Deephaven, Jewett's first collection of stories, is woven around the observations of a young woman who arrives from the city to spend the summer in the village house of her companion's deceased aunt. In the tales, the narrator reports her impressions of New England country culture and its people to the reader. Jewett used this technique of the outsider-narrator in other works as well. Another important feature of her writing is the description of the natural environment. Her most famous story, "A White Heron," published in 1886 in A White Heron and Other Stories, examines the relationship between humanity and the natural world. The young protagonist of the story must choose between love of nature, represented by the heron, and human love, represented by an ornithologist who wants to capture the bird. While "A White Heron" is Jewett's most anthologized work, critics agree that The Country of the Pointed Firs (1896) represents her highest achievement. The work has been classified variously as a novel, a series of sketches, and a collection of stories; some critics note that it is in a genre of its own. In the work, which is regarded as the culmination of the author's local color writing, Jewett once again uses the outsider-narrator as the frame. The narrator is a writer from the city who comes to the town of Dunnet Landing in search of a suitable place to work. She stays for the summer as the boarder of Mrs. Almira Todd, an herbalist. As with her other works, Jewett emphasizes setting rather than action, and she offers detailed descriptions of the natural environment and the (mostly female) characters that populate the small town in which the stories take place. In addition to her twelve collections of short stories, Jewett published three novels, juvenile fiction, and a volume of verse. Of these other writings, her novel A Country Doctor (1884), about a woman who chooses her career in medicine over marriage, is best known and was clearly influenced by Jewett's experiences growing up as a physician's daughter.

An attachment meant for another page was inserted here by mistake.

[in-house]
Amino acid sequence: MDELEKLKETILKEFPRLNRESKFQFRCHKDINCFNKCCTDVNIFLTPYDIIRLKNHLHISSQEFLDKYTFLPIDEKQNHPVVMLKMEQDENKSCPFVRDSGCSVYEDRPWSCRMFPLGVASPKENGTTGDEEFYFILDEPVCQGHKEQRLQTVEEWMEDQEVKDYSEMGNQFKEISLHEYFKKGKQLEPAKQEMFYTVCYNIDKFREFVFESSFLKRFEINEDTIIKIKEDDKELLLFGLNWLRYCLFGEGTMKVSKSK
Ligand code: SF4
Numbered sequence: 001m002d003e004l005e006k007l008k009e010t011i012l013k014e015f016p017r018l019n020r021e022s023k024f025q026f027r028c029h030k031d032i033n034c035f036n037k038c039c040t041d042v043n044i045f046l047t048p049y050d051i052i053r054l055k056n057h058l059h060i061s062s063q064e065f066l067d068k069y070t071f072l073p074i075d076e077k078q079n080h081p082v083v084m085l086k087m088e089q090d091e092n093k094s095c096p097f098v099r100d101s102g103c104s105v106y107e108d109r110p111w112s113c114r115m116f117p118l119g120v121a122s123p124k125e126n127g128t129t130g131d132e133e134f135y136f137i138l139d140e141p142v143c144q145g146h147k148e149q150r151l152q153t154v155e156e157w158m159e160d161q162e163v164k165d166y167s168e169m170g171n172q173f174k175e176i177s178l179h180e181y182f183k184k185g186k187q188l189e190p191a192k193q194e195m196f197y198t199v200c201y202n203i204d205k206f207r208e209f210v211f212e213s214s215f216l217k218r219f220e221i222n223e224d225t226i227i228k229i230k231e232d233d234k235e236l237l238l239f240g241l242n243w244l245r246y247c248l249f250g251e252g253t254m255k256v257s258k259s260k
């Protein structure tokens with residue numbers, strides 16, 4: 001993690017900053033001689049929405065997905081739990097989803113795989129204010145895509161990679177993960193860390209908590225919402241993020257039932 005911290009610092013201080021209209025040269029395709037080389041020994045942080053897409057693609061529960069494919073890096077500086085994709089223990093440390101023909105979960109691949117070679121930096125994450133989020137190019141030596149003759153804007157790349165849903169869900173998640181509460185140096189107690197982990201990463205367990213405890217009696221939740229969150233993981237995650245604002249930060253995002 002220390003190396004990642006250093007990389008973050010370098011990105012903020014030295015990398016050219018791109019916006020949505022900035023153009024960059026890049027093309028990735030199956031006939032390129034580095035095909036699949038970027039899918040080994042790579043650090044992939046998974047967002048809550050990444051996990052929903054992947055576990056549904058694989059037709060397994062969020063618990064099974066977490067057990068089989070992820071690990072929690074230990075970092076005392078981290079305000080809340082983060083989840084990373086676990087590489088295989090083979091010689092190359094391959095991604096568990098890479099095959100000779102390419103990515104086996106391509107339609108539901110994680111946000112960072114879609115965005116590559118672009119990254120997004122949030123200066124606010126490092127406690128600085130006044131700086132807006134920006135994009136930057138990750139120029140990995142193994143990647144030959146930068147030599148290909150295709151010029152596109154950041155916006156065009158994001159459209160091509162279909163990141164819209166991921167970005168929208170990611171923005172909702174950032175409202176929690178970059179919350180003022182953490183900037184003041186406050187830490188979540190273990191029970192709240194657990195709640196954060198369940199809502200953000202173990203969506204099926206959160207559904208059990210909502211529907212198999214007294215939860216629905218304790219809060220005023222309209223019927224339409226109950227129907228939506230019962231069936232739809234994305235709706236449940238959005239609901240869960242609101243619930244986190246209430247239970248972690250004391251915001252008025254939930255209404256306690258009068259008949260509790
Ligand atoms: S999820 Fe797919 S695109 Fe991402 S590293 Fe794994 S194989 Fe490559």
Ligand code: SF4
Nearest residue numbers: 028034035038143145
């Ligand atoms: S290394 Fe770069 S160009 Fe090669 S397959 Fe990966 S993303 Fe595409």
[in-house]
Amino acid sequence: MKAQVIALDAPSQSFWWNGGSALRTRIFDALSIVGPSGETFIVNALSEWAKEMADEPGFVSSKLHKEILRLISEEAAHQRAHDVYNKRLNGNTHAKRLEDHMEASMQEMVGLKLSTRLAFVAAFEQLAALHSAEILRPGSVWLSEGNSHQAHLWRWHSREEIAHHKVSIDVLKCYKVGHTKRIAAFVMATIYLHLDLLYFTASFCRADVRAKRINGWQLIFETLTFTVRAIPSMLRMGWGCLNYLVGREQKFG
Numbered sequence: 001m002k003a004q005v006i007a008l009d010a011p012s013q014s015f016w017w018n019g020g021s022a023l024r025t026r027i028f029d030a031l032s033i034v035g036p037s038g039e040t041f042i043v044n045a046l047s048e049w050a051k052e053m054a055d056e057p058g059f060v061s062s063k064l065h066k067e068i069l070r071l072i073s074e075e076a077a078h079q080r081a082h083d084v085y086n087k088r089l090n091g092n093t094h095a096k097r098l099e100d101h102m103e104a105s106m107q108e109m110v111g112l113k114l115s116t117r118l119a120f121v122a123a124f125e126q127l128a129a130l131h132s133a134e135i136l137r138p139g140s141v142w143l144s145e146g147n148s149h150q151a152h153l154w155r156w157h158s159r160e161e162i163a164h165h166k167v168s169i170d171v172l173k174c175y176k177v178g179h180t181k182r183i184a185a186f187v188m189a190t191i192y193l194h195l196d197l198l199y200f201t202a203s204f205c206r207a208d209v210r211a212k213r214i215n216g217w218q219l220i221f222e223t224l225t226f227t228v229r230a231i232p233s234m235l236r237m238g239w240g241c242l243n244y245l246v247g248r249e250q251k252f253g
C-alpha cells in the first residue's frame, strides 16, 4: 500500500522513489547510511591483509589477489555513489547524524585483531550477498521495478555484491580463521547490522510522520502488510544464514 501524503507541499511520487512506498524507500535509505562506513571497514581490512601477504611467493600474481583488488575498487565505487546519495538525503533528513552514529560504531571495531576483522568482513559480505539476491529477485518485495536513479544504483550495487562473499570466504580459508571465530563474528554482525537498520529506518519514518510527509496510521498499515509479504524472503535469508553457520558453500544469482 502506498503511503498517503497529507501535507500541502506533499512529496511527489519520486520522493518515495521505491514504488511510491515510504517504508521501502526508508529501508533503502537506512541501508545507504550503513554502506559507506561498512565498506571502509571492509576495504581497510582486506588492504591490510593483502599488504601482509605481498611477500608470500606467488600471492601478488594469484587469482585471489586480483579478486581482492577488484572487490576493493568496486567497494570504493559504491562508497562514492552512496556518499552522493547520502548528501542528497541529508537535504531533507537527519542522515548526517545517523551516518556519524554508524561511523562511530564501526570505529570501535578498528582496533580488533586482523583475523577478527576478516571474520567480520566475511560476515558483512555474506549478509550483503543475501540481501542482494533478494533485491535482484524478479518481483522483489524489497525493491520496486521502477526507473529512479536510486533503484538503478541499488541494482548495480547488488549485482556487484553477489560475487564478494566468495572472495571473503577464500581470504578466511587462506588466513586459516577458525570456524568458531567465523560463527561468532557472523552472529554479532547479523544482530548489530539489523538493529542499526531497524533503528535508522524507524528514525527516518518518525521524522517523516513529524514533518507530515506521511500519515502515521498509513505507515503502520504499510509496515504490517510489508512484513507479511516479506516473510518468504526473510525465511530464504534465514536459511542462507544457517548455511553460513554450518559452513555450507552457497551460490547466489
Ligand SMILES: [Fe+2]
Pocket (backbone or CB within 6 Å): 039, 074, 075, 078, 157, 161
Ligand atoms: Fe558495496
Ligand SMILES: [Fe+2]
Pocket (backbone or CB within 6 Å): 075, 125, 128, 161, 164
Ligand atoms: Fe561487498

Although Jewett does not explicitly address feminist concerns in her work, much of her writing explores questions about women's roles in society. The 1882 story "Tom's Husband" deals with marriage and female emancipation, and stories such as "Mrs. Bonny" (1876) offer depictions of unconventional women who rely on themselves and are uncontaminated by the male-dominated world. "A White Heron" explores questions about the socialization of girls, gender relations, and the need for women to be true to themselves and to be useful to society. Virtually all of Jewett's fiction contains detailed character studies of unusual women; indeed, some critics have noted that few of her male characters are realistic at all while her descriptions of older females are vivid, sympathetic, and humorous. Jewett also writes extensively about relationships between women, and in The Country of the Pointed Firs female friendships form the primary link between the individual and society. Women in Jewett's stories are also depicted as the holders of cultural traditions, those who understand and are identified with the natural environment, and symbols of a receding past in the face of industrialization.
After the publication of her first collection of short stories, Jewett was considered a writer of national importance. Howells praised her work, and in her preface to The Country of the Pointed Firs Willa Cather declared that she would name Jewett's book along with Nathaniel Hawthorne's The Scarlet Letter and Mark Twain's Huckleberry Finn as three American books that have the possibility of an enduring literary reputation. The popularity of Jewett's work declined after the 1920s, and although some of her stories, most notably "A White Heron," were read in survey courses of American literature, she was considered a minor figure and cited merely as an example of a local colorist. Since the 1970s, however, after feminist critics have reassessed her work, Jewett's reputation has grown and the universality of her writing has been affirmed. Critics have noted that Jewett's fiction rarely addresses questions about women's issues in an overtly political manner, but her work treats women's roles in a patriarchal society. Feminist critics have paid particular attention to the subtle manner in which Jewett critiques the patriarchal establishment with the use of original narrative techniques. They have also examined her depiction of unconventional women, discussed her characters' psychological journeys of self-revelation, and explored her ideas about nature, female heritage and tradition, and the effects of culture on women's psychological development.